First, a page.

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Emily Cadman

Are you a wealth accumulator, making good progress or burdened by debt? New research from think-tank the Smith Institute attempts to put a human face on all those distributional graphs of wealth inequality.

The report, published on Wednesday, calculates that property ownership in the UK, having risen dramatically in the last century, has peaked at 67 per cent of households and is likely to fall to 60 per cent by 2025. Read more

US broadband map

FT analysis of new Census Bureau data shows the scale of the task facing the Obama administration Read more

After a 13-year long war, UK forces and the US marines ended operations in Afghanistan on Sunday: in total 453 UK citizens lost their lives in the conflict and over 21,000 Afghanis are estimated to have died. The operational cost to the government is thought to be around £19bn. Read more

By Jurek Martin, Gavin Jackson and John Burn-Murdoch

In the latest instalment of The Baseline, our weekly feature on sports statistics, we looked at baseball statistician Bill James and the impact his insight and methods have had on not just one but arguably all sports.

Bill James began dissecting the numbers behind baseball in the late 1970s and among his acolytes was Billy Beane, general manager of the Oakland Athletics and inspiration for Michael Lewis’ best selling book Moneyball. Such was Oakland and Beane’s success that the stats-driven approach has transcended baseball and now has its adherents in hockey, football, tennis, golf and dozens more of the world’s biggest sports Read more

Click-and-collect orders are set make up a greater portion of online sales. Mintel estimates that the value of orders, where you buy online but pick up goods in store, will grow 42 per cent year on year in 2014 but contribute less than 2 per cent to total retail sales. Shoppers are expected to collect some £7.4bn worth of online orders next year, equivalent to 17 per cent of all internet retail sales.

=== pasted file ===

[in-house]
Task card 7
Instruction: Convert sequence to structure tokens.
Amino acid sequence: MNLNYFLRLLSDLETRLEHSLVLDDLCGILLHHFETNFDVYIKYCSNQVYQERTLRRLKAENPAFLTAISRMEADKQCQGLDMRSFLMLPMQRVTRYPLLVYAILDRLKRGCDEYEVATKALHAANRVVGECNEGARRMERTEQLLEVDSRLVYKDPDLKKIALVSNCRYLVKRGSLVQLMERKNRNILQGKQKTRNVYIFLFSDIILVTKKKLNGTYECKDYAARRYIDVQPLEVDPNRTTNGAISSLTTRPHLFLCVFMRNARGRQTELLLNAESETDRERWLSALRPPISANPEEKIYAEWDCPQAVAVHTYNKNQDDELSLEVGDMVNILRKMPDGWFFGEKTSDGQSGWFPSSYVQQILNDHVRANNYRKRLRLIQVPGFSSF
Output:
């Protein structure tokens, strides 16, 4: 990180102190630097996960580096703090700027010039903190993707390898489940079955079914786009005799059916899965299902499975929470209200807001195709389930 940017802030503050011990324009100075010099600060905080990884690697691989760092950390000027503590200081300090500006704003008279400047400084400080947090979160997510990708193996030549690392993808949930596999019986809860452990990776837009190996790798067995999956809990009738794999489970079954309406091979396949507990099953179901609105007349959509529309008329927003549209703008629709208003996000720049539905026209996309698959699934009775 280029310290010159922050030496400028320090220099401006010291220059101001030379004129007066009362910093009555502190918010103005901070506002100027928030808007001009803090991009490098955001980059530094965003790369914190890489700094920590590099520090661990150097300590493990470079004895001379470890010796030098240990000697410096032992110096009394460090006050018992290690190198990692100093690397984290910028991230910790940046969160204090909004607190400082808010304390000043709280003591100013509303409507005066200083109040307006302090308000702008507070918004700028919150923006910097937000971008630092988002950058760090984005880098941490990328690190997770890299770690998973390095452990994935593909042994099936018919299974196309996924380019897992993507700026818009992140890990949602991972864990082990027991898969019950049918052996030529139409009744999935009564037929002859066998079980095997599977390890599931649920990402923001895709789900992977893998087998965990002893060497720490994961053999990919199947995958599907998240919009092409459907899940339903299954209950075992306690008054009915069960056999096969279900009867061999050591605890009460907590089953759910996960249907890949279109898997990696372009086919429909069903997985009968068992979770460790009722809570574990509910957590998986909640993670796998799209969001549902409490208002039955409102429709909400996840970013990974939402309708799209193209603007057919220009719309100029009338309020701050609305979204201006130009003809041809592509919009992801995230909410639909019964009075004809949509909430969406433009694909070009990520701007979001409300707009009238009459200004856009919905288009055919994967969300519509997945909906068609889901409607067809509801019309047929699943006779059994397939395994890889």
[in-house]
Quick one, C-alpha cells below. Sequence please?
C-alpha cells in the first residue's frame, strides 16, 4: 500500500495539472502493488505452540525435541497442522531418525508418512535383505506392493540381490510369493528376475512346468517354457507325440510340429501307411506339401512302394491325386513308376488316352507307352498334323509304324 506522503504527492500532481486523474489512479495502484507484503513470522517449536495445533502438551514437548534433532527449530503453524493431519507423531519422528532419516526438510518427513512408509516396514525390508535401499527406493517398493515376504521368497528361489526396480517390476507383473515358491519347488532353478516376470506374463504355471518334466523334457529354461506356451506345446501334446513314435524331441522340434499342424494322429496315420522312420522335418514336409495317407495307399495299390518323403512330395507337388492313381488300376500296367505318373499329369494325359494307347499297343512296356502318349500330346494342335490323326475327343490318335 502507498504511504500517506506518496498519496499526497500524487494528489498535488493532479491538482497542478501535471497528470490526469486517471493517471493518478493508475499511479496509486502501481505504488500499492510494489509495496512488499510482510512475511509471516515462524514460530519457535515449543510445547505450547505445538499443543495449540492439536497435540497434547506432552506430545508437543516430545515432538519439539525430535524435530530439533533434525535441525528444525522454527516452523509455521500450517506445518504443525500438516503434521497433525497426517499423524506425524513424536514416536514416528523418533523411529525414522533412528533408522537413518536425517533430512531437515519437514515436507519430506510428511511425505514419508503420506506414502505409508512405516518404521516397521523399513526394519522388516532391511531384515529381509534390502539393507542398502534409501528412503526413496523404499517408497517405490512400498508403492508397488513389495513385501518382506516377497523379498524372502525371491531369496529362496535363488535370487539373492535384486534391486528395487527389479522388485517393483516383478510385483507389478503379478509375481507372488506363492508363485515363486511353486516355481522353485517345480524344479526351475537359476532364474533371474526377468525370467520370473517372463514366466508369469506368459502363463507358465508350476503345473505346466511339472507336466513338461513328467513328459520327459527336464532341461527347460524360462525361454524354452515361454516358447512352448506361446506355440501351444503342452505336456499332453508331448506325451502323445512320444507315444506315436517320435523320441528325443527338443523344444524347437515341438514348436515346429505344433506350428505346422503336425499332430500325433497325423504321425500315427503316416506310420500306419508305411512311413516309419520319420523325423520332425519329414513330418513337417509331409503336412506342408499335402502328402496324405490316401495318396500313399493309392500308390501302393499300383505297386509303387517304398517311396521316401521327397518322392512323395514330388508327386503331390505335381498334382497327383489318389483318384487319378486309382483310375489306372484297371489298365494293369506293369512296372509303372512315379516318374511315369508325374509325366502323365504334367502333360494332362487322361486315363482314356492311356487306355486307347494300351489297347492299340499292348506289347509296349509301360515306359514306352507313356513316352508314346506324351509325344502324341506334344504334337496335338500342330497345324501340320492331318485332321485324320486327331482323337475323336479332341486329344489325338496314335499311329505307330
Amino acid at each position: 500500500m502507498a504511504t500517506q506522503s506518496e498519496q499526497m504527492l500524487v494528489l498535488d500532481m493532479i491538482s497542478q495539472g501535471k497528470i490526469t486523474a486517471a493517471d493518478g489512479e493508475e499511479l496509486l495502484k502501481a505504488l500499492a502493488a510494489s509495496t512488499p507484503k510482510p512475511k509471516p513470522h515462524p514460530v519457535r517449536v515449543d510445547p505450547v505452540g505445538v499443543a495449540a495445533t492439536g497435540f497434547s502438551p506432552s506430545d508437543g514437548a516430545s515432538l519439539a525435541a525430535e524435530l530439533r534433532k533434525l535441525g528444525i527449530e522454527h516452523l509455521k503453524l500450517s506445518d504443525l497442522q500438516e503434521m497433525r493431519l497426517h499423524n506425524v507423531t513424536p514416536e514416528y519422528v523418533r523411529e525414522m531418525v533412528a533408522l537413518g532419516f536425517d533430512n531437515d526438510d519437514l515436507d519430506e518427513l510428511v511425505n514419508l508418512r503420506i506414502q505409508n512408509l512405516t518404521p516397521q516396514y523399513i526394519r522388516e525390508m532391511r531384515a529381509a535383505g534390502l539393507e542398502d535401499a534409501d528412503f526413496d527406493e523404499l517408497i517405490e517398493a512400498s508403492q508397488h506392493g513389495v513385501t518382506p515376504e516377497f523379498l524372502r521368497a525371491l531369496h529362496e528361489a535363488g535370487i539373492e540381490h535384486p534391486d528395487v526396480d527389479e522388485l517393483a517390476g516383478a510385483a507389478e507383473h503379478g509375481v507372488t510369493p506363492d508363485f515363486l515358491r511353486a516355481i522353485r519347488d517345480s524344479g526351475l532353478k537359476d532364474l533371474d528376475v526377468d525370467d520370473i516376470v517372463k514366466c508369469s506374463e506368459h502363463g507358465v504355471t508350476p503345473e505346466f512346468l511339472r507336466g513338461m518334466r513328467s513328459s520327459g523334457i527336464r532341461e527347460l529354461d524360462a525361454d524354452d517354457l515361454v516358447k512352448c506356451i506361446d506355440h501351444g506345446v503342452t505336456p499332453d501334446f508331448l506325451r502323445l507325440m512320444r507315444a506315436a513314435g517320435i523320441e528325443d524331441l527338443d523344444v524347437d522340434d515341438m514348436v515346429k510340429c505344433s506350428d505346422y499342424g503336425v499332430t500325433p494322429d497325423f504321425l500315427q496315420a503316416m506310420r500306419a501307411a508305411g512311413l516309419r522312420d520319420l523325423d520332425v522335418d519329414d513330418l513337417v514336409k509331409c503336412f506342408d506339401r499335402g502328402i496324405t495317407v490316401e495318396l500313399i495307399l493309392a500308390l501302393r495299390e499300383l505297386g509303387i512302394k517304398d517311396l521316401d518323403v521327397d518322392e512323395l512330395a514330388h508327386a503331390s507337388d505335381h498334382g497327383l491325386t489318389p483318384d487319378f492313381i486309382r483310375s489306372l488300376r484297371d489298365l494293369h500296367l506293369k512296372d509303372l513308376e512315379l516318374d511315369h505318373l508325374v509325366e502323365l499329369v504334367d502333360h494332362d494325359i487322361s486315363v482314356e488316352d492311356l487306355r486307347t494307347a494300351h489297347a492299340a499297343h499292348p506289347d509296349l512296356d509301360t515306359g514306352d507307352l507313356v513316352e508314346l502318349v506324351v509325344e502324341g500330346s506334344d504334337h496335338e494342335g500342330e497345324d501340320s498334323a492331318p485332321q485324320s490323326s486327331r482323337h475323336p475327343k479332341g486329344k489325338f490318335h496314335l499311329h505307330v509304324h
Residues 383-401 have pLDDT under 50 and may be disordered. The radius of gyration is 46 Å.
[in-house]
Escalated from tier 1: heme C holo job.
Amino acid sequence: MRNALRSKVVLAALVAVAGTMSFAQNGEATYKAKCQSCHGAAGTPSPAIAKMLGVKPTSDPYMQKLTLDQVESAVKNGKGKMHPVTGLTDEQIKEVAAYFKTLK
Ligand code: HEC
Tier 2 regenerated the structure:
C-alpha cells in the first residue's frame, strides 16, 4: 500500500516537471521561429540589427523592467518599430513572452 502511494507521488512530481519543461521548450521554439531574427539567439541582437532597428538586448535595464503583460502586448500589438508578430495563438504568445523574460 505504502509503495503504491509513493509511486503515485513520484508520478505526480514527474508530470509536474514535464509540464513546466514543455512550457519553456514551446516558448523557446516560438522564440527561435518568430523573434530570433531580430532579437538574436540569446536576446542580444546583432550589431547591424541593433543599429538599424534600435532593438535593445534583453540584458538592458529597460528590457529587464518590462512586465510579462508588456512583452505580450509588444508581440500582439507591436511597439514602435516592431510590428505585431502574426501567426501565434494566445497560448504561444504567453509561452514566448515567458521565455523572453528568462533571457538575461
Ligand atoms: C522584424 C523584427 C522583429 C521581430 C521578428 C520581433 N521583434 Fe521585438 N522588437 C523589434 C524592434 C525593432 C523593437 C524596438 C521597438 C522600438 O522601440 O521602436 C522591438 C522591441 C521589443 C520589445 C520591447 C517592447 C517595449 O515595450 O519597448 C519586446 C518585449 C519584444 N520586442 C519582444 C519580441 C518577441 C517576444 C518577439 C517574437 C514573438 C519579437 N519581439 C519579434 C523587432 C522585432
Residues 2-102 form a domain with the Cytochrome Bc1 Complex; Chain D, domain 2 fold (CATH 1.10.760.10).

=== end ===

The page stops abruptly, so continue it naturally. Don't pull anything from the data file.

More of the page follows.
Martin Stabe

The European Central Bank on Sunday released the long-awaited results of its stress test.

The test, conducted on 130 euro area lenders, requires banks to have common equity tier one ratios of more than 5.5 per cent even under a “adverse scenario” of falling economic output, rising unemployment and declining house prices.

The stress test found 25 banks had capital shortfalls under the adverse scenario applied to banks’ balance sheets as of the end of 2013. However, that number fell to 13 once capital raised by the banks in 2014 was taken into account.

This sortable table shows a summary of the results of the stress test, including any shortfall after net capital raised since December 2013 is taken into account. Read more

Subscription revenues for video on demand services like Netflix are set to grow by nearly 30 per cent during 2014 but will still account for only 2 per cent of the total market for pay television. North America and Europe currently lead by market share with growth of 29 and 19 per cent respectively this year, but in emerging regions where on demand is more novel growth will exceed 50 per cent in 2014.

The amount of meat produced worldwide quadrupled in the 50 years before 2011. In per capita terms this means it almost doubled in the same period, in 2011 enough meat was produced for each person to have 42.2kg a year. The rise in global meat production coincides with the growth in productivity and income and highlights the pressure that the demands of that growth places on natural resources.

Even before the dispute with Russia began battering their economy, hundreds of thousands of Ukrainians fled their country looking for a better life elsewhere. Ukrainians are now the largest group of migrants from non-European Union countries applying for residence in the bloc.

Eurostat said on Wednesday that the number of Ukrainians issued with EU residence permits rose by 48 per cent in 2013. Most Ukrainians moved to Poland looking for work. In total 236,691 permits were granted to Ukrainians, which means that the country has overtaken the US as the most common source country for migrants to the EU — India has also overtaken the US to take second place. Read more